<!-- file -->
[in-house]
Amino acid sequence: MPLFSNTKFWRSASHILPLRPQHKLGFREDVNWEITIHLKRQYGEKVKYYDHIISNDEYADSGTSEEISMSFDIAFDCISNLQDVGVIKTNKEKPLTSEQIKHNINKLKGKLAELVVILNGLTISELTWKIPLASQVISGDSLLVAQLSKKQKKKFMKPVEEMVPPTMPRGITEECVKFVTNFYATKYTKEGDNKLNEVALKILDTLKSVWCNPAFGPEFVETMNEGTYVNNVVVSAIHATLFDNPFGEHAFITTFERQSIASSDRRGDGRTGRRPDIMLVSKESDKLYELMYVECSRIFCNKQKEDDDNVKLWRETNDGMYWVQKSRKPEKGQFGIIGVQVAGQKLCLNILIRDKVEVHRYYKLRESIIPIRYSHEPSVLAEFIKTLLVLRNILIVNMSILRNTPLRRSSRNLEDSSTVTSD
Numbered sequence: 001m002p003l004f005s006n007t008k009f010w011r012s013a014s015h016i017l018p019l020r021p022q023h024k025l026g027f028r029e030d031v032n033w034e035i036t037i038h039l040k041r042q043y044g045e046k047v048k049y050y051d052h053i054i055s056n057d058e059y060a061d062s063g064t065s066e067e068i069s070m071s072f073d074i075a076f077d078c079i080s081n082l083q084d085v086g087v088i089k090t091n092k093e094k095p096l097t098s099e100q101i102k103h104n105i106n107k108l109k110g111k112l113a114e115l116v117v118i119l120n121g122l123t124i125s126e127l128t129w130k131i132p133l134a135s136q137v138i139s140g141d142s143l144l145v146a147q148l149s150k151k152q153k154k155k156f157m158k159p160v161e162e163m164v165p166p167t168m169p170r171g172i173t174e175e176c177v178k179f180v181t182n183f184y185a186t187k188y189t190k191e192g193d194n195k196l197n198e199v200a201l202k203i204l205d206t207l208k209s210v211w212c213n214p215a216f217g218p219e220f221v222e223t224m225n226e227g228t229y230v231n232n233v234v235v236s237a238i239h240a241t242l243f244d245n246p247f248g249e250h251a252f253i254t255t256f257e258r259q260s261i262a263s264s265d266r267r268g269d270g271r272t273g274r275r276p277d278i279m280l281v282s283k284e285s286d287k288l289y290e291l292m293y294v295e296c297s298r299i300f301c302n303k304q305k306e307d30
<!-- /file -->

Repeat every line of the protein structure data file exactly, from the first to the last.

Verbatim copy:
[in-house]
Amino acid sequence: MPLFSNTKFWRSASHILPLRPQHKLGFREDVNWEITIHLKRQYGEKVKYYDHIISNDEYADSGTSEEISMSFDIAFDCISNLQDVGVIKTNKEKPLTSEQIKHNINKLKGKLAELVVILNGLTISELTWKIPLASQVISGDSLLVAQLSKKQKKKFMKPVEEMVPPTMPRGITEECVKFVTNFYATKYTKEGDNKLNEVALKILDTLKSVWCNPAFGPEFVETMNEGTYVNNVVVSAIHATLFDNPFGEHAFITTFERQSIASSDRRGDGRTGRRPDIMLVSKESDKLYELMYVECSRIFCNKQKEDDDNVKLWRETNDGMYWVQKSRKPEKGQFGIIGVQVAGQKLCLNILIRDKVEVHRYYKLRESIIPIRYSHEPSVLAEFIKTLLVLRNILIVNMSILRNTPLRRSSRNLEDSSTVTSD
Numbered sequence: 001m002p003l004f005s006n007t008k009f010w011r012s013a014s015h016i017l018p019l020r021p022q023h024k025l026g027f028r029e030d031v032n033w034e035i036t037i038h039l040k041r042q043y044g045e046k047v048k049y050y051d052h053i054i055s056n057d058e059y060a061d062s063g064t065s066e067e068i069s070m071s072f073d074i075a076f077d078c079i080s081n082l083q084d085v086g087v088i089k090t091n092k093e094k095p096l097t098s099e100q101i102k103h104n105i106n107k108l109k110g111k112l113a114e115l116v117v118i119l120n121g122l123t124i125s126e127l128t129w130k131i132p133l134a135s136q137v138i139s140g141d142s143l144l145v146a147q148l149s150k151k152q153k154k155k156f157m158k159p160v161e162e163m164v165p166p167t168m169p170r171g172i173t174e175e176c177v178k179f180v181t182n183f184y185a186t187k188y189t190k191e192g193d194n195k196l197n198e199v200a201l202k203i204l205d206t207l208k209s210v211w212c213n214p215a216f217g218p219e220f221v222e223t224m225n226e227g228t229y230v231n232n233v234v235v236s237a238i239h240a241t242l243f244d245n246p247f248g249e250h251a252f253i254t255t256f257e258r259q260s261i262a263s264s265d266r267r268g269d270g271r272t273g274r275r276p277d278i279m280l281v282s283k284e285s286d287k288l289y290e291l292m293y294v295e296c297s298r299i300f301c302n303k304q305k306e307d30